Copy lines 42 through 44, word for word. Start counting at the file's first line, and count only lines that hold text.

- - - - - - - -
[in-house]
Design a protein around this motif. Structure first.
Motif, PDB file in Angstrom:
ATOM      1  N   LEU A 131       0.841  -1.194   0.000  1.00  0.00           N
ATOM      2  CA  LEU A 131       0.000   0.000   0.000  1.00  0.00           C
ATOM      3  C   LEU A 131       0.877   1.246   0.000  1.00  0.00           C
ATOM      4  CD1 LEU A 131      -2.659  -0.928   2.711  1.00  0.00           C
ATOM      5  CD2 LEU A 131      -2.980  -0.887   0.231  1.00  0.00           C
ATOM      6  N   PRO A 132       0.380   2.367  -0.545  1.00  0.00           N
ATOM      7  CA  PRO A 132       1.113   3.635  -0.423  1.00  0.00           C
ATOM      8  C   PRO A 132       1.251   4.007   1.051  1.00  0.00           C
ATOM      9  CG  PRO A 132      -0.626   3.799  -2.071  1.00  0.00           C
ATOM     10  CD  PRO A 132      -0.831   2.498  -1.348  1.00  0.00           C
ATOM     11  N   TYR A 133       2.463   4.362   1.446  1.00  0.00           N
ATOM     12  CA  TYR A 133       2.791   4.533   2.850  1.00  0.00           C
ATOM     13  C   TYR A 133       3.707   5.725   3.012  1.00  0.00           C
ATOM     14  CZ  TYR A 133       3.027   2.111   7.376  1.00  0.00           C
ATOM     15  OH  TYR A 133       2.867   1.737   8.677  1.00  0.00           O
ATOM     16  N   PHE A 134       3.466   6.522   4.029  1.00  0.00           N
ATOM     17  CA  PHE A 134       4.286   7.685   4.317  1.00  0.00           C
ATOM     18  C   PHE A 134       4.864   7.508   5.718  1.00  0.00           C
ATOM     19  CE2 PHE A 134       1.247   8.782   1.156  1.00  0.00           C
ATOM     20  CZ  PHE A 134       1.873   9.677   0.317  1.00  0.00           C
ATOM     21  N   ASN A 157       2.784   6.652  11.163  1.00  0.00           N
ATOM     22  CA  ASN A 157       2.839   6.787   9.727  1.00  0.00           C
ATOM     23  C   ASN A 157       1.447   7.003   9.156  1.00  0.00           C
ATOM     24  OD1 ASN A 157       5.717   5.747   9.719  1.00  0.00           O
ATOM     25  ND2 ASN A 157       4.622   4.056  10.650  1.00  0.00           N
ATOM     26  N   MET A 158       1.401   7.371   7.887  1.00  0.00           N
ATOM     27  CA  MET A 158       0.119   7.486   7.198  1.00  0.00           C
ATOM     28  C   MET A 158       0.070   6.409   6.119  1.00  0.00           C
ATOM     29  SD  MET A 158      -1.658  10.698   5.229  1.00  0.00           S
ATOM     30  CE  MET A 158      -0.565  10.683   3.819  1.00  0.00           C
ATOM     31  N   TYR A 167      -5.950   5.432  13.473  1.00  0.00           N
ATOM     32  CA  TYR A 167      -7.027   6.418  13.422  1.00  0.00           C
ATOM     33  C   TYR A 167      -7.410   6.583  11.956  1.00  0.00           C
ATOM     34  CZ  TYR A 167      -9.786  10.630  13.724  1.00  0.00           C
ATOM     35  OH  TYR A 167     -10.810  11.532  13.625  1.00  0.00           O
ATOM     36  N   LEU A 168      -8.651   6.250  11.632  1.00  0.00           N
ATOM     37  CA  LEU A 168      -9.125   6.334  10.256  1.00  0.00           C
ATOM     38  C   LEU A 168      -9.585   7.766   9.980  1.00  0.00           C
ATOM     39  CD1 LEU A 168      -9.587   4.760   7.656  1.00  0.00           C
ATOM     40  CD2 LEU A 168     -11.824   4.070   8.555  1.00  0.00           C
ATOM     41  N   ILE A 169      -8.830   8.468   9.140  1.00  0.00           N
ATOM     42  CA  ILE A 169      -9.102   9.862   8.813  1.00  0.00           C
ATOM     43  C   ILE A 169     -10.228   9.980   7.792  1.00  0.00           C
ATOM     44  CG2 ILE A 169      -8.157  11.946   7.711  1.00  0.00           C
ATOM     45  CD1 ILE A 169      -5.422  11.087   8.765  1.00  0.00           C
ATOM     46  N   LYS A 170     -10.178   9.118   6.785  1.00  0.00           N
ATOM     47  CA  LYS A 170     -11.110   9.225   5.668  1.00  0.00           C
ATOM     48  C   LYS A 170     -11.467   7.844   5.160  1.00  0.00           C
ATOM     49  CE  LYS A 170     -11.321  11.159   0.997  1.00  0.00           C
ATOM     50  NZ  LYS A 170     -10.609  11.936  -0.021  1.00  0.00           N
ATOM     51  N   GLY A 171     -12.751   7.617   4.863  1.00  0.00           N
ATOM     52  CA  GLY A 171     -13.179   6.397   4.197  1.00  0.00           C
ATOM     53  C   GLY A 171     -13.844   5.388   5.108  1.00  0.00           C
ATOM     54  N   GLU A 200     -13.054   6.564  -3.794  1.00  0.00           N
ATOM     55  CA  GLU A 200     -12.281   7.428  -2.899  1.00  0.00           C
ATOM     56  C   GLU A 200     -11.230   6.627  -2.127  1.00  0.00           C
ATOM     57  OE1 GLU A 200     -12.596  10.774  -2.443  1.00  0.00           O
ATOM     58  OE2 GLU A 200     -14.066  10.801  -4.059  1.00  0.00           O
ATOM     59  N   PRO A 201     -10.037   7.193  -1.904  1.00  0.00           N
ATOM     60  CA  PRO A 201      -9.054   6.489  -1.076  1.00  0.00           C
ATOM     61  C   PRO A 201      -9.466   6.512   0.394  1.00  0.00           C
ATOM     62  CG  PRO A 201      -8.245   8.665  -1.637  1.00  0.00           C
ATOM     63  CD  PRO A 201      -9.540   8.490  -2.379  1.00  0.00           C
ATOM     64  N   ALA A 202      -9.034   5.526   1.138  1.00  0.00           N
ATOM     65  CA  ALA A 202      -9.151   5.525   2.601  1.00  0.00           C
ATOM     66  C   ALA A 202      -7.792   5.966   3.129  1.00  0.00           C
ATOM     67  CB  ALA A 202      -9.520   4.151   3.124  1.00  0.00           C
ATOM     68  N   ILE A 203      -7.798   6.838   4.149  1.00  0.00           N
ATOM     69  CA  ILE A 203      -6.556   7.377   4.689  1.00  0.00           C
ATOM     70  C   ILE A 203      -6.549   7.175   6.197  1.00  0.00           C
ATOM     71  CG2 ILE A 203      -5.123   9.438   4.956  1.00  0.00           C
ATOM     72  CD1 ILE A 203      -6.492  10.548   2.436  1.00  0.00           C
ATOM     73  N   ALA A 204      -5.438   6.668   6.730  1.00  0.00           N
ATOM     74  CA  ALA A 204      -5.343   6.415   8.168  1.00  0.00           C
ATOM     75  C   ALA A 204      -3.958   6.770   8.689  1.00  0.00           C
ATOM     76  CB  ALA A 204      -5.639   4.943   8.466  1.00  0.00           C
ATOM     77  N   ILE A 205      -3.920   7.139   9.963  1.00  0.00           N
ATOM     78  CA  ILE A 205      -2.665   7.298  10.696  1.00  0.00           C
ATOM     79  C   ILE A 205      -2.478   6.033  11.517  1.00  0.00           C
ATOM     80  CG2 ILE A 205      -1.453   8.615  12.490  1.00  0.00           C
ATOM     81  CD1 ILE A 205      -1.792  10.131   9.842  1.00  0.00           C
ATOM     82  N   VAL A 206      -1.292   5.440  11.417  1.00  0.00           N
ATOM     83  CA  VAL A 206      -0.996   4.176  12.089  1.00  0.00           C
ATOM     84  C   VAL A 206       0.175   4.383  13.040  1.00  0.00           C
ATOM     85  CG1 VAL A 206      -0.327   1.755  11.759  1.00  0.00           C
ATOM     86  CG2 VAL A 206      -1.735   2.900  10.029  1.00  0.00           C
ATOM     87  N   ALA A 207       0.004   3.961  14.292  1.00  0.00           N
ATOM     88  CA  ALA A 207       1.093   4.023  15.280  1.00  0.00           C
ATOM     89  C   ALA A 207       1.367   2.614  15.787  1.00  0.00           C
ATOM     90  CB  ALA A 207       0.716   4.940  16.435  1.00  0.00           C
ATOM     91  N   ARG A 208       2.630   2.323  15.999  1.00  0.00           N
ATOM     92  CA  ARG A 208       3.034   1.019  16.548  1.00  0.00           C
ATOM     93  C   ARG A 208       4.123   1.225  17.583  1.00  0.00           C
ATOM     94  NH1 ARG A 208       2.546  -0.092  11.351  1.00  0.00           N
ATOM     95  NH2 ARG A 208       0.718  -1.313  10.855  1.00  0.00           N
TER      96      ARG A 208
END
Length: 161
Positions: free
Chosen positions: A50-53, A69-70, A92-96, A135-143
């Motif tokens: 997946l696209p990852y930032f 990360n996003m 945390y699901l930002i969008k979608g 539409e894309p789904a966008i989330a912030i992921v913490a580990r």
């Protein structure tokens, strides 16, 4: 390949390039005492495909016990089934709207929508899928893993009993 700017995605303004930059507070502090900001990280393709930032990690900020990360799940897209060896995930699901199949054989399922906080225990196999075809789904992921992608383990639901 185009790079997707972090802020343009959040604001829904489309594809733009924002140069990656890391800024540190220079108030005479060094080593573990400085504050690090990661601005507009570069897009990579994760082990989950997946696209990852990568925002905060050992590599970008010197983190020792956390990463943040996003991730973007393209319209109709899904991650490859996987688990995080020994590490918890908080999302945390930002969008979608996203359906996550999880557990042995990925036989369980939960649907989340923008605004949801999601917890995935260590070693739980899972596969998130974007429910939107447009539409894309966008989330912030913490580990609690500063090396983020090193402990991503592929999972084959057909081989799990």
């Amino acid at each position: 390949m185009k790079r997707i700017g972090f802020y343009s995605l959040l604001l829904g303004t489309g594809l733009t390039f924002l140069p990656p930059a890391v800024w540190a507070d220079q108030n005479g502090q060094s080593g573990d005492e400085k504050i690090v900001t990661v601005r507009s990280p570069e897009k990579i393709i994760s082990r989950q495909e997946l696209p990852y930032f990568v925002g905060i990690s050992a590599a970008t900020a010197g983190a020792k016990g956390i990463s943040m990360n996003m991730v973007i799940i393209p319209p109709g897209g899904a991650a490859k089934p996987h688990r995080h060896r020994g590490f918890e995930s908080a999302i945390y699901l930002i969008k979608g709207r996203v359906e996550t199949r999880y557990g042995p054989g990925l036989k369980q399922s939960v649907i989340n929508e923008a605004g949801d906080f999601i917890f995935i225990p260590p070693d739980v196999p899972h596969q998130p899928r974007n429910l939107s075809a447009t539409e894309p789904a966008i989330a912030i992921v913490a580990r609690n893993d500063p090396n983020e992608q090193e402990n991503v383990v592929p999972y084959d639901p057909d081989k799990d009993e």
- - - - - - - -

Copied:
ATOM     39  CD1 LEU A 168      -9.587   4.760   7.656  1.00  0.00           C
ATOM     40  CD2 LEU A 168     -11.824   4.070   8.555  1.00  0.00           C
ATOM     41  N   ILE A 169      -8.830   8.468   9.140  1.00  0.00           N